Stars: Colin Farrell, Michael Keaton, Danny DeVito, Eva Green, Nico Parker, Finley Hobbins, Alan Arkin, Roshan Seth, Sharon Rooney, Sandy Martin
Writer: Ehren Kruger, based on the novel by Helen Aberson & Harold Pearl
Director: Tim Burton
Distributor: Walt Disney Pictures
Release Date: March 29, 2019
The new live-action DUMBO is an oddity. The title character, a baby elephant who flies thanks to his oversized ears, is an extraordinary CGI creation. If Dumbo’s eyes are too large for a normal elephant, they are still profoundly expressive. Though DUMBO relies heavily on visual effects, its uncanny valley problems are less with living beings than with its tone.
Directed by Tim Burton from Ehren Kruger’s screenplay, based on the novel by Helen Aberson & Harold Pearl, this DUMBO veers from the 1941 animated Disney feature. In the earlier film, although Dumbo didn’t talk, the animals around him did. The story was told from Dumbo’s point of view, and apart from the circus ringmaster, humans didn’t figure much into the plot.
However, live-action usually means actors, and actors usually mean human characters. So we’re in 1919, with former circus trick rider Holt Farrier (Colin Farrell) returning from WWI, having lost an arm in the fighting and his wife on the home front. His motherless children, Milly (Nico Parker) and Joe (Finley Hobbins), are bearing up well, all things considered, but they’re very glad to have their father back.
Circus master Max Medici (Danny DeVito) has sold off the horses – once Holt’s wife died, there was no one to ride them – so Holt winds up put in charge of the elephants, including the newly-purchased, very pregnant Mrs. Jumbo. When Mrs. Jumbo has her baby, Max is horrified by its peculiar appearance, with each ear bigger than the rest of the little fellow’s body. Then Milly and Joe see the baby elephant, dubbed Dumbo, react to a feather and fly around in his enclosure. Once Dumbo finally does this in public, Max realizes he’s got a hit on his hands. And then Dumbo becomes a little too successful for everybody’s good.
There’s plenty of other stuff going on here – Dumbo wanting to reunite with his mother, Holt trying to reconnect with his kids, Milly wanting to be a scientist, even though her dad wants her to be a circus performer like her folks, the introduction of an evil impresario (Michael Keaton) and a game trapeze artist (Eva Green) – but it doesn’t fully jell. You can see the movie straining to make parallels between the human and pachyderm parent/child relationships, but it doesn’t work. Events are in perpetual motion, but we never get a sense of where we’re heading. The climax comes about through a series of third act crises, rather than something we’ve been building towards throughout.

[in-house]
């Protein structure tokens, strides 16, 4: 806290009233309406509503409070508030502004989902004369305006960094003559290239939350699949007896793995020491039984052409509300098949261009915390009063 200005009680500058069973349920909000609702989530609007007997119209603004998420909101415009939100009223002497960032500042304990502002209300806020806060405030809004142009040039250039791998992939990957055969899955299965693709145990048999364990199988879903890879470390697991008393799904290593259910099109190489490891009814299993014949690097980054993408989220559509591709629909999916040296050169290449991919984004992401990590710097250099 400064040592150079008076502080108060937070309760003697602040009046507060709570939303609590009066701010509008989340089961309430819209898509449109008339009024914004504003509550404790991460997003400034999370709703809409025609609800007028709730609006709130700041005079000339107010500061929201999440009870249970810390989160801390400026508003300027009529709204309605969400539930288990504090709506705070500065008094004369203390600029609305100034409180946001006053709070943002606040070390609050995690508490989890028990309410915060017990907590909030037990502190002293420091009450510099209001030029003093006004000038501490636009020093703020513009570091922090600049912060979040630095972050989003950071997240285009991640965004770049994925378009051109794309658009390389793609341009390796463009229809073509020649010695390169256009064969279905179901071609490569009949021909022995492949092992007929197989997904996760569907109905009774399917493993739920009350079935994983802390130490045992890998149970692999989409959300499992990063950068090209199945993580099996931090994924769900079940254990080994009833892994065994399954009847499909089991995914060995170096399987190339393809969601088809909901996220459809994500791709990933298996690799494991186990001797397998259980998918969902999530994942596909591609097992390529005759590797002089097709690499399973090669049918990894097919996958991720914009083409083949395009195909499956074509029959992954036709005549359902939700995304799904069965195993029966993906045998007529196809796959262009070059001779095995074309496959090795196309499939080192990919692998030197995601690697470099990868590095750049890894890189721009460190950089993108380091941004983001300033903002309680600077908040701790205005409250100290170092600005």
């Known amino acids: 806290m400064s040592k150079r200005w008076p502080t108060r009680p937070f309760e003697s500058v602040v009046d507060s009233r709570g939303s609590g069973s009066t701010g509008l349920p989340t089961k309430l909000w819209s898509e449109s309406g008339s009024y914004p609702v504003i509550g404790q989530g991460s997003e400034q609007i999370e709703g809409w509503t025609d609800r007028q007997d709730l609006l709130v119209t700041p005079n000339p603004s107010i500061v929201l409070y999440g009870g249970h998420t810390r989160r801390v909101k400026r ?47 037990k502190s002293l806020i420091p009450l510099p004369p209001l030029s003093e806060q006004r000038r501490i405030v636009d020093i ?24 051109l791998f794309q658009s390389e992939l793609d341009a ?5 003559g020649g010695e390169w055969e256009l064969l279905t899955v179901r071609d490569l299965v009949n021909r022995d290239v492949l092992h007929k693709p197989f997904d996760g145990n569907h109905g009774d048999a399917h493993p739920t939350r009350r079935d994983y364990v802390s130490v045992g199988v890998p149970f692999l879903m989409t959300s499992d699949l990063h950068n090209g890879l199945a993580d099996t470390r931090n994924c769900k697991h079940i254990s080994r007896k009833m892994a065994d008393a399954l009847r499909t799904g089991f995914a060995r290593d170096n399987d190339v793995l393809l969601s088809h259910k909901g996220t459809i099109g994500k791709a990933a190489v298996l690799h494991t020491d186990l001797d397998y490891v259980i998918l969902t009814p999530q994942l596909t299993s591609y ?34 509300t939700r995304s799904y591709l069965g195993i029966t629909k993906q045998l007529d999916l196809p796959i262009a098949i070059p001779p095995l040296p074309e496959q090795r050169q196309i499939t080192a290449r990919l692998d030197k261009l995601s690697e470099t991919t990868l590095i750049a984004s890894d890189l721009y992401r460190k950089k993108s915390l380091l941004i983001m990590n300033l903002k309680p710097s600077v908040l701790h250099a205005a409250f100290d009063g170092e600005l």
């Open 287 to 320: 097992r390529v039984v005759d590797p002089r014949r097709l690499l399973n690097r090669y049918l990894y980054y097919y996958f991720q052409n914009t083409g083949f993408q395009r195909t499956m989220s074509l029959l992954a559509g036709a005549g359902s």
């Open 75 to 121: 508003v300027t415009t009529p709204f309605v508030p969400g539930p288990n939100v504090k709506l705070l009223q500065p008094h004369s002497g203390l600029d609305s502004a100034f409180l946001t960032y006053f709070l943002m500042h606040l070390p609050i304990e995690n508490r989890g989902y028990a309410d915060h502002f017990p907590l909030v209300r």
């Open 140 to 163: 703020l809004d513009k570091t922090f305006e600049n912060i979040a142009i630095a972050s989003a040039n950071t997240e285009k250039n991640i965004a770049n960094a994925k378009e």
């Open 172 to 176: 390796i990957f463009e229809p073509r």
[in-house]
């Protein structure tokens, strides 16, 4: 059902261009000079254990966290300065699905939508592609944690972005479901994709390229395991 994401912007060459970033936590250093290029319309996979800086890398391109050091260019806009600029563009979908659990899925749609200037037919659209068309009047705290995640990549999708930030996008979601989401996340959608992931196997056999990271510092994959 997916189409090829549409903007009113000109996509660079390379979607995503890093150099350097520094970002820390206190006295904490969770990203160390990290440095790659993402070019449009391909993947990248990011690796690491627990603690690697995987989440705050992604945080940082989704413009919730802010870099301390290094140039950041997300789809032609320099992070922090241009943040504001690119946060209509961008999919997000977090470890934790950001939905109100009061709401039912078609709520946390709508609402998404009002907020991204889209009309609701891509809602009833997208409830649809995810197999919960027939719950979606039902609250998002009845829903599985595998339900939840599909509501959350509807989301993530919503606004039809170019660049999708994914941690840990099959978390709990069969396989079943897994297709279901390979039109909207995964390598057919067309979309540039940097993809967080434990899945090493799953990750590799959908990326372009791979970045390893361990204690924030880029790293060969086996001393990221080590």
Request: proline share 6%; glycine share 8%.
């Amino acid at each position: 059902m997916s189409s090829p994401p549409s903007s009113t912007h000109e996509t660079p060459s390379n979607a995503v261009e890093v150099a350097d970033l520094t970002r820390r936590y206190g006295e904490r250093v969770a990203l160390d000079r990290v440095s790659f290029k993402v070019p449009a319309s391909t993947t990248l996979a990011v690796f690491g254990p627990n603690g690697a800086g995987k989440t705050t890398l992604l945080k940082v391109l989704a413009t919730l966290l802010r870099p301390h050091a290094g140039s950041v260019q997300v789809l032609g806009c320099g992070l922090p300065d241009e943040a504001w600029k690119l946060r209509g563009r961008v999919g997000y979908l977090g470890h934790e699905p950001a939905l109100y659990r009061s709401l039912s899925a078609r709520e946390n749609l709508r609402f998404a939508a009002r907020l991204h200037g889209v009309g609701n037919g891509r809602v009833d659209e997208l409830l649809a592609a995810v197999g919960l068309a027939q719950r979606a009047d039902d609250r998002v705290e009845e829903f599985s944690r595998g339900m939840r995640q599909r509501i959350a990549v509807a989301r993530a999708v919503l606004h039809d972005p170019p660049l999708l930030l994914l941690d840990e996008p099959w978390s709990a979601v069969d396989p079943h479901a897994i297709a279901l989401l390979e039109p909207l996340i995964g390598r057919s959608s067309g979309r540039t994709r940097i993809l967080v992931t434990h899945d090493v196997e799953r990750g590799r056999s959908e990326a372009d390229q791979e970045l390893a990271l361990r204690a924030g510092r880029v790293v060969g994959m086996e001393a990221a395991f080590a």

DUMBO does have moments of wonder and delight. Dumbo himself is adorable, and he’s lovely to look at when airborne. But because the filmmakers don’t seem to know how to get into his head, he plays as a beloved pet rather than a hero. Even this doesn’t cause the main tonal issue. The humor is mostly gentle, although Sharon Rooney and Sandy Martin in supporting roles as, respectively, a circus performer and Max’s secretary earn big laughs with their dialogue. Circumstances are sad, but nobody ever breaks down and weeps. Characters derive satisfaction but not joy from their success. Dumbo, this sweet little animal, and his mother are both in some kind of perpetual jeopardy, but this is seldom specific. The upshot is that the mood in DUMBO is neither transporting fantasy nor engrossing adventure, but instead one of moderate anxiety. (All this, of course, presumes that Dumbo et al don’t remind you of the real-world predicament of elephants and depress you so much that your emotions are being stirred by issues outside of the film.)
There’s not as much whimsy as we might expect from a Tim Burton film. There is a sense that the director and the creative team were somewhat stymied by having to inject standard family drama into the story. The movie (probably wisely) avoids creating huge stakes on that front; it never seems likely that Holt and the kids will stop speaking to each other. On the other hand, there the scenes are, without much enthusiasm in them, except that brought by the actors. It’s all kind of earthbound, but not grounded.
It’s great that most of the animals in DUMBO, with the exception of dogs and horses, are CGI rather than captive wild creatures forced to perform. The human actors are fine, with the dignified young Parker and the ever-intriguing Green as standouts. As always, director Burton comes up with some marvelous images, and he keeps things moving along. This DUMBO is quite watchable; it’s just not much actual fun.
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